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Albemarle Supervisors to consider higher tax rate for FY2017 budget
Dean Tistadt, COO of Albemarle County Schools
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Dean Tistadt, COO of Albemarle County Schools
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Sean Tubbs | Tuesday, March 08, 2016 at 9:26 p.m.

The Albemarle Board of Supervisors will advertise a 2½-cent increase in the county’s property tax rate for the 2016 calendar year, affirming the amount recommended by county executive Tom Foley.

If adopted by the board after an April 12 public hearing, the tax rate would be 84.4 cents per $100 of assessed value.

“In order to increase the tax rate, you have to advertise that proposed increase 30 days prior to the public hearing on the tax rate,” said county attorney Larry Davis.

Supervisors can approve a lower tax rate if they decide to remove items from the proposed budget.

The board made several decisions Tuesday in their version of the budget.

Last week, supervisors directed staff to find $1 million in the budget for an addition to Woodbrook Elementary School. Staff opted to review the project at its full cost to design, build and operate on an annual basis.

Budget director Lori Allshouse said the addition to double Woodbrook’s capacity to 600 students is estimated at $14 million in capital costs. Staff recommended borrowing an additional $1 million in design costs to the capital program.

That would not further increase the tax rate for fiscal year 2017, but debt service would create a need for a tax rate increase in FY2019.

One supervisor asked if an addition on Woodbrook would be the best approach to meet the county’s needs.  

“I’m all for funding some sort of elementary school expansion, but I feel strongly that a new elementary school is what this community would better respond to,” said Supervisor Brad Sheffield.

Dean Tistadt, the school system’s chief operating officer, said there is currently no site that would work.

“There has been a rezoning submitted that has a proffered site for an elementary school, but we don’t know the outcome of that yet,” Tistadt said. “As we look at certainty of solutions available to us, what we concluded is that we needed to stay with the Woodbrook addition.”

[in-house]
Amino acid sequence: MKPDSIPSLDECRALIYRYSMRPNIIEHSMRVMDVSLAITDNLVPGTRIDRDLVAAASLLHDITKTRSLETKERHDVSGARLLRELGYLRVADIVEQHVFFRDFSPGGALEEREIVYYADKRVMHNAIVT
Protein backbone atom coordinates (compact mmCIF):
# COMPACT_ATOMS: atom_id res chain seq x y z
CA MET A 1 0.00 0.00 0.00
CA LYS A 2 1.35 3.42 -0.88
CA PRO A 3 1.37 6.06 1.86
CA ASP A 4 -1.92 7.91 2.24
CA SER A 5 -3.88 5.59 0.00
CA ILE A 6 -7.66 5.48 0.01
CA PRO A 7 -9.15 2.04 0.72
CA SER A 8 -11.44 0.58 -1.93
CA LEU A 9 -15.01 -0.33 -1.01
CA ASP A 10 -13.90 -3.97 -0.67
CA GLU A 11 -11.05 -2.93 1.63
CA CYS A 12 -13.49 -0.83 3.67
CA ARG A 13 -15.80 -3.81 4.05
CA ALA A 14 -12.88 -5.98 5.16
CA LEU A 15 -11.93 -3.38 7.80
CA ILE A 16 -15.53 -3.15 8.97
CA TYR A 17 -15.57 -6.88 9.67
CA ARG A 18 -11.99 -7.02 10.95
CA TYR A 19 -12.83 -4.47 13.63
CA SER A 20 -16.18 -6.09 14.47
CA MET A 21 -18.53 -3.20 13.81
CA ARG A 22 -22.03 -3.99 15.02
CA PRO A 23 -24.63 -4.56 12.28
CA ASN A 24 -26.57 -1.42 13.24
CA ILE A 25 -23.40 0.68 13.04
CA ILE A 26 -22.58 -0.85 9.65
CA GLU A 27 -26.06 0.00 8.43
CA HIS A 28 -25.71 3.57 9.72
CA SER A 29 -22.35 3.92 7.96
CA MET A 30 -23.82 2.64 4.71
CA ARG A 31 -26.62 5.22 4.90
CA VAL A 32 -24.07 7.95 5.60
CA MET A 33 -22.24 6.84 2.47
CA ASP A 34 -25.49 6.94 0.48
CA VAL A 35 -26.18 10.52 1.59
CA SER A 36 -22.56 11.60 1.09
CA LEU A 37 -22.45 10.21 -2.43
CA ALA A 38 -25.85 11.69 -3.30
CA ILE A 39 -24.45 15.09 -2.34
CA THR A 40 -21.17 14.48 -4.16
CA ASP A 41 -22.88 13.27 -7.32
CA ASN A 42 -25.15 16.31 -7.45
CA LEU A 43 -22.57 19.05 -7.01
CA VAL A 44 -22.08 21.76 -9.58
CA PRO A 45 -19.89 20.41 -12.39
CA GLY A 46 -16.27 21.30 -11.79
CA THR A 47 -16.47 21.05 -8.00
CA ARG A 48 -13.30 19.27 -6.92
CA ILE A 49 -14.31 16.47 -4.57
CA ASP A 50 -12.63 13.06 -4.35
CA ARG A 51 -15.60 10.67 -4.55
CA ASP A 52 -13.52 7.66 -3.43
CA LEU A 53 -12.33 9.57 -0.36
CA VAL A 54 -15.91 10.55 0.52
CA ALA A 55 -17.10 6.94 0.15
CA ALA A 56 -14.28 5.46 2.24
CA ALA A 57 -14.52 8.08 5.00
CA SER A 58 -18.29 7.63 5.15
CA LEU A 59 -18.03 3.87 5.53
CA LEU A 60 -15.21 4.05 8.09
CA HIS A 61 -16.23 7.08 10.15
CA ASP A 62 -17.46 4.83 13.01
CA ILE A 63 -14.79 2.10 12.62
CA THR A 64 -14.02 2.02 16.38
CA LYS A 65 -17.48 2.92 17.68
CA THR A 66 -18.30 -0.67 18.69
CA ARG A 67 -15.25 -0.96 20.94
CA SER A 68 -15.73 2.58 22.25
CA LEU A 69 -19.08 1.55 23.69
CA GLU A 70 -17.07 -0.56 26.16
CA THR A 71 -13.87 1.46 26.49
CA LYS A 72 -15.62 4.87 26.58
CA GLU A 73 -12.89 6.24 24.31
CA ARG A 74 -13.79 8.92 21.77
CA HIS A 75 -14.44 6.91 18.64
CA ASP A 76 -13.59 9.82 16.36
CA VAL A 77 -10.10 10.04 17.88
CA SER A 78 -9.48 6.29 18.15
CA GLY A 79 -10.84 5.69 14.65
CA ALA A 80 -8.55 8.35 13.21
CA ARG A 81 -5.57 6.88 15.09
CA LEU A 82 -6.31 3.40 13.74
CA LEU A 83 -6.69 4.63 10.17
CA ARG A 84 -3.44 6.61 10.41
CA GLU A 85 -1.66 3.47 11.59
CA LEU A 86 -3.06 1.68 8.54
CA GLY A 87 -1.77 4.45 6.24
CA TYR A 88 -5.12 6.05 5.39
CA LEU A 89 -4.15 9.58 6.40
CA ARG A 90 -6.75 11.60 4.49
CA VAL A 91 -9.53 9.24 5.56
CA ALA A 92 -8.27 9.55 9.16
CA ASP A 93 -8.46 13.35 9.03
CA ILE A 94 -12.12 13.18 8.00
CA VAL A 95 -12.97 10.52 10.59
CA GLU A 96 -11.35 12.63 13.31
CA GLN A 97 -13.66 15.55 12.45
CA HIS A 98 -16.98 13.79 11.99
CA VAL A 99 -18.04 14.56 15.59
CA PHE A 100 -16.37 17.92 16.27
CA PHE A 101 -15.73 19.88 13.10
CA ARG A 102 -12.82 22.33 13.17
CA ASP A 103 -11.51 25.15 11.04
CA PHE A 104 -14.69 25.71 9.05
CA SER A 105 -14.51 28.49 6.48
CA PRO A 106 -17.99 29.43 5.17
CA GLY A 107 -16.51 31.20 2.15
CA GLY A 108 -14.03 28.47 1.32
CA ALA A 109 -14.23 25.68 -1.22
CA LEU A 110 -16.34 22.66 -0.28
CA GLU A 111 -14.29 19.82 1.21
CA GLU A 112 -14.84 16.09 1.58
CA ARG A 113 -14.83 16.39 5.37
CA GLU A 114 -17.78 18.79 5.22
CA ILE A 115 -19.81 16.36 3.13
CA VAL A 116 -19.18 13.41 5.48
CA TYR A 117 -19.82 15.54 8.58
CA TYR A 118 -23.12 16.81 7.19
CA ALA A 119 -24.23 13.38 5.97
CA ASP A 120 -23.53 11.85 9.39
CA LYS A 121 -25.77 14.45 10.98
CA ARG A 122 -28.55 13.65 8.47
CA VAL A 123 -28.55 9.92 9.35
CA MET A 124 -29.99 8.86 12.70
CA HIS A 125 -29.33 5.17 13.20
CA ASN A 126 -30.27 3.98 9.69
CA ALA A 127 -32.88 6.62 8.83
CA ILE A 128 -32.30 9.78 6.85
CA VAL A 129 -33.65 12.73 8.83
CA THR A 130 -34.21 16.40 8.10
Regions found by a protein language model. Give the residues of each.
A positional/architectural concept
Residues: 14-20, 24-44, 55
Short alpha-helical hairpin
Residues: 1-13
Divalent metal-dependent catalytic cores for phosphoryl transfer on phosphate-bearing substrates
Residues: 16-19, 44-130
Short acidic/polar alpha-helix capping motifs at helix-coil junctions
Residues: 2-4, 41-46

The board agreed to borrow another $1 million in the capital improvement program to pay for the design to move planning forward.

Supervisors also restored funding for the Legal Aid Justice Center.  Budget staff had set aside a $50,000 contingency for a potential trial for convicted murderer Jesse Matthew, but his guilty plea in Albemarle Circuit Court last week removes that need.

From that, the county allocated $38,700 in funds for the nonprofit organization in the current year, and the group increased their request for next year to a total of $68,375, which includes funding for a new program to support immigrant youths.

“There is no other funding for brand-new programs anywhere else in our budget,” Allshouse said.

Both Albemarle and Charlottesville work through a coordinated review process to respond to funding requests from nonprofit organizations.

The Legal Aid Justice Center also asked the city for $108,288 to pay for the four programs, up from $70,630 in the current fiscal year.

However, the Agency Budget Review Team recommended that the county give $11,700 to Legal Aid and that the city only give $18,664.

Supervisors agreed to restore Legal Aid’s funding to the 2016 level but not to support the new program.  They also said they would consider removing the Legal Aid Justice Center from the ABRT process for next year.

“I don’t want to be in this position of continuing to have to talk about Legal Aid and whether or not we’re going to fund it,” said Supervisor Diantha McKeel.

But not all supervisors were on board.

“I have trouble stepping in to fund programs that the ABRT process has not recommended,” said Supervisor Rick Randolph, who suggested other groups that were not funded might petition supervisors for more money.

Supervisors also agreed to fund Charlottesville Area Transit service to Fifth Street Station but stopped short of extending it to the Mill Creek area. That matches a proposal in the Charlottesville’s recommended budget.

Albemarle County will hold four community meetings on the budget beginning at 7 p.m. March 15 in the Jack Jouett Middle School cafeteria. Other events are at 7 p.m. March 17 in the Monticello High School Forum, at 7 p.m. March 23 in the Western Albemarle High School forum and at 7 p.m. April 7 in the North Garden Fire Station.
 

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